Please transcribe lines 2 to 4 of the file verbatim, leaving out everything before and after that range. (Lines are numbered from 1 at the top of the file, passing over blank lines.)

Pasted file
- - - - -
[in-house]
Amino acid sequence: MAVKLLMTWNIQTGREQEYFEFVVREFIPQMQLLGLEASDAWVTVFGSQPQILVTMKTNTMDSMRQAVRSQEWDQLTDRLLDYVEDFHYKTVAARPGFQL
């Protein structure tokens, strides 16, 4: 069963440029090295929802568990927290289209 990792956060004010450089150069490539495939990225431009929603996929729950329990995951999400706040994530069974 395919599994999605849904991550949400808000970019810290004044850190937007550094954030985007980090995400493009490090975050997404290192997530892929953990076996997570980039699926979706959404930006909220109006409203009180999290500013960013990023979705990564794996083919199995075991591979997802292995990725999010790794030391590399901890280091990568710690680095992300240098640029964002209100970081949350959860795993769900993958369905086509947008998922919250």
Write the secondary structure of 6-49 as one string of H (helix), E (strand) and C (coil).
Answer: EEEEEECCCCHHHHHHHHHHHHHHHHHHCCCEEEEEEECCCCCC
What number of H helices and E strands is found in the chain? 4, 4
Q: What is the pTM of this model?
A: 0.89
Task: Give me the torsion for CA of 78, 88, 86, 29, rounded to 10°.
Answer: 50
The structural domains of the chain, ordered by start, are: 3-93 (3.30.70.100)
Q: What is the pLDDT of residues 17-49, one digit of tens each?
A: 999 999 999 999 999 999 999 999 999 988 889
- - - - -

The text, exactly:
Amino acid sequence: MAVKLLMTWNIQTGREQEYFEFVVREFIPQMQLLGLEASDAWVTVFGSQPQILVTMKTNTMDSMRQAVRSQEWDQLTDRLLDYVEDFHYKTVAARPGFQL
């Protein structure tokens, strides 16, 4: 069963440029090295929802568990927290289209 990792956060004010450089150069490539495939990225431009929603996929729950329990995951999400706040994530069974 395919599994999605849904991550949400808000970019810290004044850190937007550094954030985007980090995400493009490090975050997404290192997530892929953990076996997570980039699926979706959404930006909220109006409203009180999290500013960013990023979705990564794996083919199995075991591979997802292995990725999010790794030391590399901890280091990568710690680095992300240098640029964002209100970081949350959860795993769900993958369905086509947008998922919250």
Write the secondary structure of 6-49 as one string of H (helix), E (strand) and C (coil).